Natsuki Books was a tiny second-hand bookshop on the edge of town. Inside, towering shelves reached the ceiling, every one crammed full of wonderful books. Rintaro Natsuki loved this space that his grandfather had created. He spent many happy hours there, reading whatever he liked. It was the perfect refuge for a boy who tended to be something of a recluse. After the death of his grandfather, Rintaro is devastated and alone. It seems he will have to close the shop. Then, a talking tabby cat called Tiger appears and asks Rintaro for help. The cat needs a book lover to join him on a mission. This odd couple will go on three magical adventures to save books from people who have imprisoned, mistreated and betrayed them. Finally, there is one last rescue that Rintaro must attempt alone . . .
Second book of 2022 complete and it’s only the second week of January!
Where do I start with The Cat Who Saved Books? A few months back while hitting a popular online bookshop for some much needed retail therapy, I came across this title and thought to myself that it would be a lovely read; I like cats and I like books so clearly would be a good choice. I read the blurb and figured if it’s an adult book with a talking tabby cat as a character, then that’s a book I seriously need in my life! And I’m wasn’t disappointed in the slightest!
Standing at 217 pages it’s a small book but there are plenty of sentences and paragraphs which have a massive impact on the reader and the characters are whimsical but so very strong in personality!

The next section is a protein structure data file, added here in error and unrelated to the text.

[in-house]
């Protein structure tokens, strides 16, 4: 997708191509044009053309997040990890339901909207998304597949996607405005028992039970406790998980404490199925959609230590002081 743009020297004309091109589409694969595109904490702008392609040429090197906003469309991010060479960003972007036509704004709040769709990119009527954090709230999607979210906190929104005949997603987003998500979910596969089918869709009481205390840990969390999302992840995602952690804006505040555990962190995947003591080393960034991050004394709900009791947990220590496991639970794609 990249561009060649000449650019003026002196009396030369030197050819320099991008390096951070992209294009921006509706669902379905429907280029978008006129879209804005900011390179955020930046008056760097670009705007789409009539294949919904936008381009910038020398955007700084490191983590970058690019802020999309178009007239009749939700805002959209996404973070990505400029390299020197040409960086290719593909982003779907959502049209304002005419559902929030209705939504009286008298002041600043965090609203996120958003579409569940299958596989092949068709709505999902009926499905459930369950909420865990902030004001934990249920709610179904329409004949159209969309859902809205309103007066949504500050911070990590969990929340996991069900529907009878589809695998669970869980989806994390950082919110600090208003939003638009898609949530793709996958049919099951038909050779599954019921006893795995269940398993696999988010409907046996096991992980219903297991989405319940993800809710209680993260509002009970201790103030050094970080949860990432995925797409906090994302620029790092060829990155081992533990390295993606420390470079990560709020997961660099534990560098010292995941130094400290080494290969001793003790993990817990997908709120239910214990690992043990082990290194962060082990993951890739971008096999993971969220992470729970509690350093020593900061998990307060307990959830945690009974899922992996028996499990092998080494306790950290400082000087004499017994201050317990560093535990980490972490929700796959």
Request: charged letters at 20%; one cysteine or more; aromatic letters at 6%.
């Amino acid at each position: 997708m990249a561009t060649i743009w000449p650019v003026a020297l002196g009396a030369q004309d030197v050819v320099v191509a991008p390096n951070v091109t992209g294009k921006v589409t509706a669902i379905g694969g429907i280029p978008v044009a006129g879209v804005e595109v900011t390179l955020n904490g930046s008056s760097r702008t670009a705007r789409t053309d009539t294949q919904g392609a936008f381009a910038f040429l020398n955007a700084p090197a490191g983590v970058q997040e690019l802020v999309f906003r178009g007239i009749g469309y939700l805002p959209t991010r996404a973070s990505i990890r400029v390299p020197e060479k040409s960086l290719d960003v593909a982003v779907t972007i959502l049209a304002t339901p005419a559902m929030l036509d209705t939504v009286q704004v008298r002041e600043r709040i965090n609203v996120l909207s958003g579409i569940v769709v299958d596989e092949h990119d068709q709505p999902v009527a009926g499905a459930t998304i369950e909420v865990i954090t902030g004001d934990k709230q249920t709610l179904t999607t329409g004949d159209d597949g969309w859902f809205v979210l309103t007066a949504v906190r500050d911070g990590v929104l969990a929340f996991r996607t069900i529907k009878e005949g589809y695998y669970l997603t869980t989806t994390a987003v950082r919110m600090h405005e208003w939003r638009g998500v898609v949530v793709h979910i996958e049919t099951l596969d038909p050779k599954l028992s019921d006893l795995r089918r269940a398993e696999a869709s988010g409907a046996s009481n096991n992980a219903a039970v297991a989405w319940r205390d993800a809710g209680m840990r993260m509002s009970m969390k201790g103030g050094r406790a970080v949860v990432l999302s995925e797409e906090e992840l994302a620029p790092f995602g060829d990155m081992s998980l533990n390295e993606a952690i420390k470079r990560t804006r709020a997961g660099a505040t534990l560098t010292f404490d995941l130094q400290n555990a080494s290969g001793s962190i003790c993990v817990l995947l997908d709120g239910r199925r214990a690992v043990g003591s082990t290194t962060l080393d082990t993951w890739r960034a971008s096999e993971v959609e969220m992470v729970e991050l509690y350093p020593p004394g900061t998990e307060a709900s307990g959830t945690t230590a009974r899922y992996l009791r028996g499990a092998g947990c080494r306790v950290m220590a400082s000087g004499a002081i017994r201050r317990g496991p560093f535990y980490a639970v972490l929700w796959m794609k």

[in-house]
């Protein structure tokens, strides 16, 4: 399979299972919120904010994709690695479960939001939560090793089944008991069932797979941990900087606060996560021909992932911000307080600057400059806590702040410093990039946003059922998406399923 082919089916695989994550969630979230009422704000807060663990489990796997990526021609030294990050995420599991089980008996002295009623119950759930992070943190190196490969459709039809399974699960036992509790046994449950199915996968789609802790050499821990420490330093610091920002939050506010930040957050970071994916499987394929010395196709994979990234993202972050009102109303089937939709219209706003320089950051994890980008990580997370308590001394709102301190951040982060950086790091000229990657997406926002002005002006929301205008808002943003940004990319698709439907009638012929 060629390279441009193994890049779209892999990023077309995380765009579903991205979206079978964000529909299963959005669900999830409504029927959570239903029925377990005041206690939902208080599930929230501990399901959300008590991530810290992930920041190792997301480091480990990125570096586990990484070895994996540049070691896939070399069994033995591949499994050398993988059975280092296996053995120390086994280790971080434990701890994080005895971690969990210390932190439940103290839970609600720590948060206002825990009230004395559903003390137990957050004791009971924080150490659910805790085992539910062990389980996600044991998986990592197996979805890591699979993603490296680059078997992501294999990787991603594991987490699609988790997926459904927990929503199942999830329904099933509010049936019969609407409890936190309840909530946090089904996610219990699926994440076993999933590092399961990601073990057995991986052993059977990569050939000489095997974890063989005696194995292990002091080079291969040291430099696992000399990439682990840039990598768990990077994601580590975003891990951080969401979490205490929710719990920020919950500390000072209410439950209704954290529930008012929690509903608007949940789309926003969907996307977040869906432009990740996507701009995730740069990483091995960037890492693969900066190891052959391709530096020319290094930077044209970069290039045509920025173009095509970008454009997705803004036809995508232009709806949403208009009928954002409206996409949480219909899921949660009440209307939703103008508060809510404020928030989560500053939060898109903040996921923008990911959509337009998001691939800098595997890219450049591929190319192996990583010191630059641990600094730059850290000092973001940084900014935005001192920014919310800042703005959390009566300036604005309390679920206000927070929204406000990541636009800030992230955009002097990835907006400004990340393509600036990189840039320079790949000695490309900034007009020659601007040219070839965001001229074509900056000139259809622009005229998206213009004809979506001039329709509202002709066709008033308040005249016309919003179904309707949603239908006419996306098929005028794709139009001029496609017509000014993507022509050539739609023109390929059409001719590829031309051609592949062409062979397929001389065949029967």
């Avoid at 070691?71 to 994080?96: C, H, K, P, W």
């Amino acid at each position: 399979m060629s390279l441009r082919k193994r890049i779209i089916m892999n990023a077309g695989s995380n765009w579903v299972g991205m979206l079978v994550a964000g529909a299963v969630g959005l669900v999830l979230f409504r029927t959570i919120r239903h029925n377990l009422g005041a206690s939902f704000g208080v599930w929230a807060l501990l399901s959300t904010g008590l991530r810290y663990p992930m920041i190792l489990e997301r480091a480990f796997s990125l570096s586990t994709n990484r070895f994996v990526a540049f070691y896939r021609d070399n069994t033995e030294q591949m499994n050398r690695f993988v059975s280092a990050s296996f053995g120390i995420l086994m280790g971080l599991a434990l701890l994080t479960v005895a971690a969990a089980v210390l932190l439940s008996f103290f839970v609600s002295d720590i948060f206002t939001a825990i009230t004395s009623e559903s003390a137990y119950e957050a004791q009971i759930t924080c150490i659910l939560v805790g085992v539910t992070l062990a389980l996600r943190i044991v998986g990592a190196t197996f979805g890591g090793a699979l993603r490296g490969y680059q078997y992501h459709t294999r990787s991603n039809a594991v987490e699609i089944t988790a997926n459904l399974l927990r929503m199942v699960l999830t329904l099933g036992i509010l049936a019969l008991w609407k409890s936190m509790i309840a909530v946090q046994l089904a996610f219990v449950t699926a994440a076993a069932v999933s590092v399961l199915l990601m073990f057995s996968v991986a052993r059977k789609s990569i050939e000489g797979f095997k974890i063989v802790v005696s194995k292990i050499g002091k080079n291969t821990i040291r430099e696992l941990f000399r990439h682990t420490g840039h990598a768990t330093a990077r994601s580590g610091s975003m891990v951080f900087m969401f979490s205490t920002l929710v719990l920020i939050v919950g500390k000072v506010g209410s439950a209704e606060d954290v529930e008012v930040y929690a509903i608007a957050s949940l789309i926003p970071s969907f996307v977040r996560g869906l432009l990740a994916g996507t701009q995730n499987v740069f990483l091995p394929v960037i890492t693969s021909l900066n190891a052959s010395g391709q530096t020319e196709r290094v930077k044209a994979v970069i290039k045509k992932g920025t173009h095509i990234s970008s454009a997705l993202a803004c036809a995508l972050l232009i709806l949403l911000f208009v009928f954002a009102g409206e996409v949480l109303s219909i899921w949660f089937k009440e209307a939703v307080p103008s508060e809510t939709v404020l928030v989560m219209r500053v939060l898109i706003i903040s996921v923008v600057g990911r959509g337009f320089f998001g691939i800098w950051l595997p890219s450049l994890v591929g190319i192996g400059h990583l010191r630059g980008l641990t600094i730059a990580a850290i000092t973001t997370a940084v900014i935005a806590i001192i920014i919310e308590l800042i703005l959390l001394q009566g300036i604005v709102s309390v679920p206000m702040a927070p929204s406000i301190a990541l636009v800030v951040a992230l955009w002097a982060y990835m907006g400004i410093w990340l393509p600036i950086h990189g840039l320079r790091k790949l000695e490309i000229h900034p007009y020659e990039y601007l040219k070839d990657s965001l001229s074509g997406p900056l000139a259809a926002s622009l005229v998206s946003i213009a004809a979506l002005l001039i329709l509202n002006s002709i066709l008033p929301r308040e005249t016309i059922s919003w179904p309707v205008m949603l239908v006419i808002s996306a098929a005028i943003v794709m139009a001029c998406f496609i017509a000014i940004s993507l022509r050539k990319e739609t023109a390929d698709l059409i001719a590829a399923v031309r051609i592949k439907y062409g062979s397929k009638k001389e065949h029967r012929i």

I adore how Tiger the talking tabby cat pops up one day in Rintaro’s hour of need (in my view Rintaro doesn’t know it’s his hour of need but as I got toward the end of the book it hit me that he really needed help from the cat rather than the cat needing help from him) and really brings Rantaro in to his own skin, so to speak, and takes him on this fantastical adventure that only someone with a life long love for books could possibly feel the true meaning of.
For me, this was the perfect short read to break up my habit of crime thrillers and I can’t rave about it enough! I’d give it a full on 10/10 and whenever I picked it up to read and Tiger came along, I heard Eddie Izzard’s voice in my head for the whole of his narrative! because it’s a translated book there’s use of Japanese words and culture throughout the translation giving it a truly original and cultural feel.
Sosuke Natsukawa is a doctor in Nagano, Japan. His first book Kamisama No Karute (‘God’s Medical Records’) won the Shogakukan Fiction Prize and received second prize at the Japan Bookseller Awards. It sold over 1.5 million copies and was adapted into a film in Japan.